Anxiety, Panic Attacks and Depression
Many survivors of abuse find that after leaving an abusive relationship they suffer from increased anxiety, panic attacks and depression. The combination of depression and anxiety really can be quite overwhelming and frightening, and especially if we don’t understand what is happening with us and our bodies, we can feel as though we are going crazy or may fear that we are somehow physically ill.
Anxiety is something we are all familiar with and which everyone experiences at some point in their lives. We might be anxious about a friend or family member who is ill and needs an operation, or anxious about an exam or driving test. Generally anxiety is the body’s response to a potentially threatening situation, it is like a forewarning or alarm system in which the mind at an often subconscious level recognises potential danger or need for action and prepares the body accordingly, pumping oxygen into the bloodstream and heightening our senses. Anxiety becomes a problem when it is inappropriate, ie when there is nothing to be frightened of. We all have an anxiety threshold and it is when this threshold is much lower than appropriate that anxiety becomes a debilitating and frustrating problem – we feel frightened and uptight all the time or much of the time even when there is no outward obvious reason for it.
A panic attack is a result of being anxious, but being anxious doesn’t have to result in a panic attack. Panic in itself is a normal physical response to danger, like the ‘fight or flight’ response, and as such can serve a useful purpose, eg if we are crossing a busy road and see a car coming at us at speed we ‘panic’ and run. That is a normal healthy response and once the danger is over, the panic subsides. The problem with panic attacks is that they can be unrelated to the reality of what is happening to us at that moment in time, and as such is often described as a fear of fear itself, rather than an appropriate response to imminent danger. We could have a attack in the middle of shopping or dropping a child off at school, and such panic attacks become debilitating as we can then develop anxiety around doing normal things, the additional worry over possibly having an panic attack stresses our body further and the risk of actually having one increases.
Sometimes a panic attack can be triggered by events, noises, sights, smells or thought of previous trauma, and we react with panic as though we were still faced with the danger as it was at the time.
The symptoms of a panic attack are:
Some people also experience a remote sensation, as though they were apart from their body and observing themselves, which while it may sound ‘better’ in some ways, actually is worse for those experiencing it.
Depression is often allied to anxiety. It is perfectly possible to feel depressed without being overly anxious or having panic attacks, but if we do suffer from anxiety and panic attacks, the likelihood is that we will feel depressed.
The good news is that it will not last indefinitely, and that there are things you can do to help yourself overcome it sooner rather than later. You are not going mad, and the nightmare will end and some day be just one of those memories. Lots of survivors of abuse and other trauma suffer from depression, anxiety and panic attacks, and we do live through it and enjoy life again the other side.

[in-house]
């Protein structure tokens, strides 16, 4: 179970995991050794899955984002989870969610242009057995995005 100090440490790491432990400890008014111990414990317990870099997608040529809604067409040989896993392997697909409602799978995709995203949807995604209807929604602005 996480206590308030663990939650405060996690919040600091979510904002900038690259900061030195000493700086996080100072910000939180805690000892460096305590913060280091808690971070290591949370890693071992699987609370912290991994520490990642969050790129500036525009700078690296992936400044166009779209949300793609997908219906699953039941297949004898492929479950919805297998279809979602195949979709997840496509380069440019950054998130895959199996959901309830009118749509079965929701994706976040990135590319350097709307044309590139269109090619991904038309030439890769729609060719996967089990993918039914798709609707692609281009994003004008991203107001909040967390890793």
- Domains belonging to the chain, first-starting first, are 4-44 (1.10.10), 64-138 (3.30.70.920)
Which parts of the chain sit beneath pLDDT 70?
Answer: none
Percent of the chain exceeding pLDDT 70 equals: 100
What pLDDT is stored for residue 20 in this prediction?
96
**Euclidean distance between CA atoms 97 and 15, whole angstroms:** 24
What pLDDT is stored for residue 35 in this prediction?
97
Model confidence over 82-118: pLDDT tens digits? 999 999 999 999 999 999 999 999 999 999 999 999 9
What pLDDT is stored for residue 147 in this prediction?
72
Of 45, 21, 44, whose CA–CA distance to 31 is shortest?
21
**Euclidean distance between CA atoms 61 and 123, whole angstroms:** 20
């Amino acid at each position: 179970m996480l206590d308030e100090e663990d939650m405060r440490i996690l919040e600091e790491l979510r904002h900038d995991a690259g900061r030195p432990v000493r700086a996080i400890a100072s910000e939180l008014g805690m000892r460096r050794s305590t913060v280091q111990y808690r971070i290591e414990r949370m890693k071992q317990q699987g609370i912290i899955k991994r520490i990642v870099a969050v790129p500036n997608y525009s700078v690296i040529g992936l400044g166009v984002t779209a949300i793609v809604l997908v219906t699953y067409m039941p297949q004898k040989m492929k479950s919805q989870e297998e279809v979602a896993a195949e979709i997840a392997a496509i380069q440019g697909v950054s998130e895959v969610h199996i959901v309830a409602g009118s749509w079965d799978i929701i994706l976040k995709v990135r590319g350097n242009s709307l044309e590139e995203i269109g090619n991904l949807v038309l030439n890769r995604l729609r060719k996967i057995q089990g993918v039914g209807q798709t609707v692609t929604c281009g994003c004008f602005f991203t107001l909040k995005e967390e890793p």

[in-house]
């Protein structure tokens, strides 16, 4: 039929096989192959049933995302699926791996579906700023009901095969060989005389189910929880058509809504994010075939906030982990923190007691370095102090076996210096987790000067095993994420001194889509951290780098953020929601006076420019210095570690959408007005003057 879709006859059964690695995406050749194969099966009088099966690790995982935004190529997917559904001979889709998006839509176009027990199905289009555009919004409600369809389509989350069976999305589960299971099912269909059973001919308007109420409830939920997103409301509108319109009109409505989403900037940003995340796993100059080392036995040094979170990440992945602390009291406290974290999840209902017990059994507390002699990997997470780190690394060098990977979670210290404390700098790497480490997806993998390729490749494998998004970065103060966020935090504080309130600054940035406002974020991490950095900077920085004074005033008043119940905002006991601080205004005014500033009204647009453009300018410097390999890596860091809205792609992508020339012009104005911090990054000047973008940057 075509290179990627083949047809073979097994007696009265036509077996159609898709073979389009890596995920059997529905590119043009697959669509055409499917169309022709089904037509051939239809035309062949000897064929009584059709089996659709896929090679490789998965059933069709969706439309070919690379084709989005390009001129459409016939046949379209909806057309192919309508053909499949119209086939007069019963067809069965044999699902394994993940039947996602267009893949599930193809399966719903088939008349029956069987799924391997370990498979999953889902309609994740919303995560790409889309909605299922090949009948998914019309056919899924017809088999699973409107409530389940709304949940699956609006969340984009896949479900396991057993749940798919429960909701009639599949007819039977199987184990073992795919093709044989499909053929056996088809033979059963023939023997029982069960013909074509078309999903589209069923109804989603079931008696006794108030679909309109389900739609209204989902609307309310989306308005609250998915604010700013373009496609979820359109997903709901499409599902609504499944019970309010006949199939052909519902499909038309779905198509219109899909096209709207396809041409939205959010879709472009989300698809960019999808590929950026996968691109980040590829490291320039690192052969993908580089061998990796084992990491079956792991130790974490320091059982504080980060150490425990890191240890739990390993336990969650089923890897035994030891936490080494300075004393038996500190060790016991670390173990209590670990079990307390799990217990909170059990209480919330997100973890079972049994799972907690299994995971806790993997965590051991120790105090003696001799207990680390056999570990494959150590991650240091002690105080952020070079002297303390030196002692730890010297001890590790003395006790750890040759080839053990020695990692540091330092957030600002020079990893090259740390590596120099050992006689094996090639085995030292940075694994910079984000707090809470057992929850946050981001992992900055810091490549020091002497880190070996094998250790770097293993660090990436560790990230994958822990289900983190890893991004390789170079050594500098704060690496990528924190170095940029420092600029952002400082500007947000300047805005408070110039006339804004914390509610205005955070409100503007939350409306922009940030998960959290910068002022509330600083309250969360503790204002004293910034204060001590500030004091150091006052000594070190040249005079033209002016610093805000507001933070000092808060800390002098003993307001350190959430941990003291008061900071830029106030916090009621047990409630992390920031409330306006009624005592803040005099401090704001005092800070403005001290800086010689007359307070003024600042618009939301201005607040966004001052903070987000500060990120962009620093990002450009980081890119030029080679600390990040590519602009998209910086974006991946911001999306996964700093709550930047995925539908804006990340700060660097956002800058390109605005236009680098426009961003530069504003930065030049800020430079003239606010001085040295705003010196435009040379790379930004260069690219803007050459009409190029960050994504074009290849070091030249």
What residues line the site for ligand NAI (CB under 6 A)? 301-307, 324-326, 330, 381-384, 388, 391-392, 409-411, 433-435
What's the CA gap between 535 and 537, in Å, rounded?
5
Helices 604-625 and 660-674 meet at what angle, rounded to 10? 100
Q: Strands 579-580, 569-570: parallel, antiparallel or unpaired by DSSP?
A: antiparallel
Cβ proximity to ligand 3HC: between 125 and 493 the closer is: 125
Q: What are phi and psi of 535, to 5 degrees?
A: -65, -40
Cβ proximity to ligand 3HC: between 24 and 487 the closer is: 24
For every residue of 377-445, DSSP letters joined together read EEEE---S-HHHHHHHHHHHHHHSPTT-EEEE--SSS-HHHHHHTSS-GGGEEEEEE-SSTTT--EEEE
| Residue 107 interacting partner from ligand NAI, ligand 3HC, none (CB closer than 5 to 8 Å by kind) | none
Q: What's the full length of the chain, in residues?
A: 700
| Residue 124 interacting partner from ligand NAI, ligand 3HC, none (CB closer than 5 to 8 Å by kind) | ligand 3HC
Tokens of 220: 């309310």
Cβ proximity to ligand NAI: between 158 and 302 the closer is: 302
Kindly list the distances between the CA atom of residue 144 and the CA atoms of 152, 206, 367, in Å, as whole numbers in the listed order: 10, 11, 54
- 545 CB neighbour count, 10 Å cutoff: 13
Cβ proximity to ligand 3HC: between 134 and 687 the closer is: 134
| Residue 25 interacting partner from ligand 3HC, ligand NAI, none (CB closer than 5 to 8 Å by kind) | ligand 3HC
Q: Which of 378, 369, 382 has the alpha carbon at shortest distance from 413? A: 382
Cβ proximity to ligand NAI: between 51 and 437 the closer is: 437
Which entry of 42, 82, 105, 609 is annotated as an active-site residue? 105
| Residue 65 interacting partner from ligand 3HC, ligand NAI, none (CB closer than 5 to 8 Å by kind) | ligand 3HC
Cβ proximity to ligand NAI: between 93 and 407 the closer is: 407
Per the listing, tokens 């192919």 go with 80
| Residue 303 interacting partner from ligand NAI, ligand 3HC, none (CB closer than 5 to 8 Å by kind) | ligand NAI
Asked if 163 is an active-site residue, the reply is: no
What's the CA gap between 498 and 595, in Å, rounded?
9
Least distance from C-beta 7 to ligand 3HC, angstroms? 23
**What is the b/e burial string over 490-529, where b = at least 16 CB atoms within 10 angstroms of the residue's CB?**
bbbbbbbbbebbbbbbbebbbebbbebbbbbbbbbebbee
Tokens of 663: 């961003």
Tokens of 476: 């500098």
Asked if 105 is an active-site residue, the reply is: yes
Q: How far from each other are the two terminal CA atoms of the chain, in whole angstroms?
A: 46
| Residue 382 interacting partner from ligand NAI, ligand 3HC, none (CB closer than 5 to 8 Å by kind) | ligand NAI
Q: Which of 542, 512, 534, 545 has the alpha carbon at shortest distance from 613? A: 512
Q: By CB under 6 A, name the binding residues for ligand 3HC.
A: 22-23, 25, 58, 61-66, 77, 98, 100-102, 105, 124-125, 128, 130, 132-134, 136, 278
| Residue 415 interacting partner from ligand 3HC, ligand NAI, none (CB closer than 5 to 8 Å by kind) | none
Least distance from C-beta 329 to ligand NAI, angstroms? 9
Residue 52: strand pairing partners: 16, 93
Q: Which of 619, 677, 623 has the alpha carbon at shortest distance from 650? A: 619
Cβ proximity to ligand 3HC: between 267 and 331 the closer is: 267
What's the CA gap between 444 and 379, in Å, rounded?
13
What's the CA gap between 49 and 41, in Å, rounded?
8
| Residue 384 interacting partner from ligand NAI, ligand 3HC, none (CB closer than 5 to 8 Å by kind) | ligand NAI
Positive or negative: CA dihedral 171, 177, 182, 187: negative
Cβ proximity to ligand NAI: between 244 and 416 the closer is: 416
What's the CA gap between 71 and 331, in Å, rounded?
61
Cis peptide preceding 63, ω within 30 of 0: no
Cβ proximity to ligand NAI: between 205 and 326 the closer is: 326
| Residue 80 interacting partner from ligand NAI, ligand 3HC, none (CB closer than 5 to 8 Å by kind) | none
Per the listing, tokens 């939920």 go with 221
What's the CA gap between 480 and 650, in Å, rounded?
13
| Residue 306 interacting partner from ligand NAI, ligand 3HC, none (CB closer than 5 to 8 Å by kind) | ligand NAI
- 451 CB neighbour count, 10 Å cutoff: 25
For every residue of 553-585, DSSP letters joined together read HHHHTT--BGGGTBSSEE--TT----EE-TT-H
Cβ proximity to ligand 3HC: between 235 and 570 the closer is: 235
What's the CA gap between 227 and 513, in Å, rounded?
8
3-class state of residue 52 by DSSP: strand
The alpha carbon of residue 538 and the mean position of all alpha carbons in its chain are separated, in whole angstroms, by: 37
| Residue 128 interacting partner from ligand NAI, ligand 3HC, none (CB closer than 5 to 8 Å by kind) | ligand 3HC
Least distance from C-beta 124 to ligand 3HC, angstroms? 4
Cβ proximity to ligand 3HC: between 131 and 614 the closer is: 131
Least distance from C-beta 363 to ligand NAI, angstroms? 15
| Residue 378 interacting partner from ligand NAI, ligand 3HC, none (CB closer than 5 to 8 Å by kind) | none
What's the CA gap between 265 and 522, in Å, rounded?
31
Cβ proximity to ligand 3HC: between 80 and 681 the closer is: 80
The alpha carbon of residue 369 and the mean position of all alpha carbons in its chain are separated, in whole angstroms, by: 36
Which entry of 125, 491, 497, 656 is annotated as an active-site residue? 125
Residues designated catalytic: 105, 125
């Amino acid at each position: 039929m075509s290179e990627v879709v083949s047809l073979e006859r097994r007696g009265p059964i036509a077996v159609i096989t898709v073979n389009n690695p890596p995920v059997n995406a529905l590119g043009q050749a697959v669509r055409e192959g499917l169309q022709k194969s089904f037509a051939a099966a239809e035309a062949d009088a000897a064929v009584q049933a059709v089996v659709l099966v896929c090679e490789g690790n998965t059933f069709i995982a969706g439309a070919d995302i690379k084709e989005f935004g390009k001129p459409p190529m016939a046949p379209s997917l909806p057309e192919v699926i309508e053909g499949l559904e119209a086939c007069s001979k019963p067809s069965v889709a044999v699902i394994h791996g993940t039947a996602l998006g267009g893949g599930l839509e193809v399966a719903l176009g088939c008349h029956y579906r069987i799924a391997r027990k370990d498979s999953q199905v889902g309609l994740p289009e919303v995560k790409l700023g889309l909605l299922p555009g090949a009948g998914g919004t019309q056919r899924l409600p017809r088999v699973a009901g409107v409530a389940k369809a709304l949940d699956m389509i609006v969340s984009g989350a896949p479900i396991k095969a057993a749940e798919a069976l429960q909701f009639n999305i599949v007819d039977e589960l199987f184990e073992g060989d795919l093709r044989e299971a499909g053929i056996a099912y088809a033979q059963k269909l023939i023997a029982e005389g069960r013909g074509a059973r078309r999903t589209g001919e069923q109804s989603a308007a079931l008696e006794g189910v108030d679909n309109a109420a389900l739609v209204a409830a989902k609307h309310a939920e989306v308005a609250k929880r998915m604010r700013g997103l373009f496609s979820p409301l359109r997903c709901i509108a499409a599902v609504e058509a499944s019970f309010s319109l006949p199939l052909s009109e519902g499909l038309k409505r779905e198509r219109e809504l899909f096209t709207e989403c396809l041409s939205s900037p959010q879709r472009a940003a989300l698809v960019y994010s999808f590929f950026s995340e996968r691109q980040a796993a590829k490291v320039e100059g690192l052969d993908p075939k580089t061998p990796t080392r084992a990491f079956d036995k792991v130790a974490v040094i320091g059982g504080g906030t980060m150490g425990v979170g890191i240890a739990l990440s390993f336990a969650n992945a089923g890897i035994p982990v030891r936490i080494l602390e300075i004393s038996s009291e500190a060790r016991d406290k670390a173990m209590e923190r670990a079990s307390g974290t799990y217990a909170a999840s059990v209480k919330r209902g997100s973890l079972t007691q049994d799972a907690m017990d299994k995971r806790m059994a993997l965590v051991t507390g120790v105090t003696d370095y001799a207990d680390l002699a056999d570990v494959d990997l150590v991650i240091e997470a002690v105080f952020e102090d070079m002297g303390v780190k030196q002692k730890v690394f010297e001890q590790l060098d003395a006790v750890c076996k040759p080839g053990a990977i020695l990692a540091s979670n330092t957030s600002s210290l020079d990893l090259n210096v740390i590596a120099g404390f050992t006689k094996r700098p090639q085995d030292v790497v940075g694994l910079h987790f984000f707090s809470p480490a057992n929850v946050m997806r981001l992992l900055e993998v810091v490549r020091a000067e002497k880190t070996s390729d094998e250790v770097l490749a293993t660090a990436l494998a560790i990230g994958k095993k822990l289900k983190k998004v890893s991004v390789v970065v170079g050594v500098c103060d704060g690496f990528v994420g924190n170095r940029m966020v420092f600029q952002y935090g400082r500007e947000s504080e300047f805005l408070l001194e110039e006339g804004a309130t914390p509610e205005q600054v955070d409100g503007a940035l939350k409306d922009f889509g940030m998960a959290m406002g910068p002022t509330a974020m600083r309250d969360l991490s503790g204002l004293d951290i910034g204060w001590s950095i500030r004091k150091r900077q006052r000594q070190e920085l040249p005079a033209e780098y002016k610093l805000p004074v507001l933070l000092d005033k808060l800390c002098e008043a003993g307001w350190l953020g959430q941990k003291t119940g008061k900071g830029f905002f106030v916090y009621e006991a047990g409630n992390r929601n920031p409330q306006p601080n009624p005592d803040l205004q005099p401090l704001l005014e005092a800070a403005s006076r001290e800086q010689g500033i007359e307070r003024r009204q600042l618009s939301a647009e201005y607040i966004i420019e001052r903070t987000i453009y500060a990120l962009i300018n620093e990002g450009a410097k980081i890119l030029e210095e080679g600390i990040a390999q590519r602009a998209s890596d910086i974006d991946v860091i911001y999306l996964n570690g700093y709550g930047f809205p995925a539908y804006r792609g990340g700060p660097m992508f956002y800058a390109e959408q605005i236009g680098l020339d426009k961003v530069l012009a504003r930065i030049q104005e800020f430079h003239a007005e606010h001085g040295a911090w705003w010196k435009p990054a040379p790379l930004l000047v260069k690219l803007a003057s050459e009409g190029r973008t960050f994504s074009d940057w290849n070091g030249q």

If you feel overwhelmed by the anxiety and as though you cannot cope or carry on, if you have urges to harm yourself (e.g. cutting yourself, starving yourself or making yourself sick after eating etc) or feel suicidal, please, please, please go and see your doctor. He/she may prescribe anti-depressants for you, which can help you short-term to just give yourself a break from feeling so awful and gain a little more emotional strength and balance, so that you are then in a better position mentally and emotionally to help yourself long-term or benefit from outside help if available.
In the following pages you will find several self-help ways of dealing with the anxiety, panic and depression, which many survivors have found helpful in alleviating their symptoms, though sometimes it is necessary to seek professional help from the doctor. The list is not exclusive but contains suggestions which are fairly easy to implement, are not too expensive and can be done by ourselves from our own home. These suggestions are NOT intended to replace professional advice and resources!
Now for some of the ways of helping yourself to get through this rough patch, and remember, it is just a rough patch, you do not need to live with anxiety, panic attacks and depression for the rest of your life!
In the following pages we will look at ways of coping with panic attacks, becoming more aware of the Self in the present, self-talk, self-hypnosis and relaxation techniques, as well as looking at how we can help our body along with supplements.
© Hidden Hurt, 2011
In This Section:
Domestic Violence Articles
It's My Life Now - Starting over after an Abusive Relationship or Domestic Violence by Meg Dugan and Roger R. Hock. has been found to be helpful by a number of people recovering from an abusive relationship. Have a look at the portions available online to decide whether it may be of help to you - recovery is a very personal issue.
The Self-esteem Workbook by Glenn R. Schiraldi - recommended by workshop facilitators.
The Self-esteem Journal: Using a Journal to Build Self-esteem (Overcoming Common Problems) by Alison Waines - A very helpful work book with exercises to dip in and out of while recovering.
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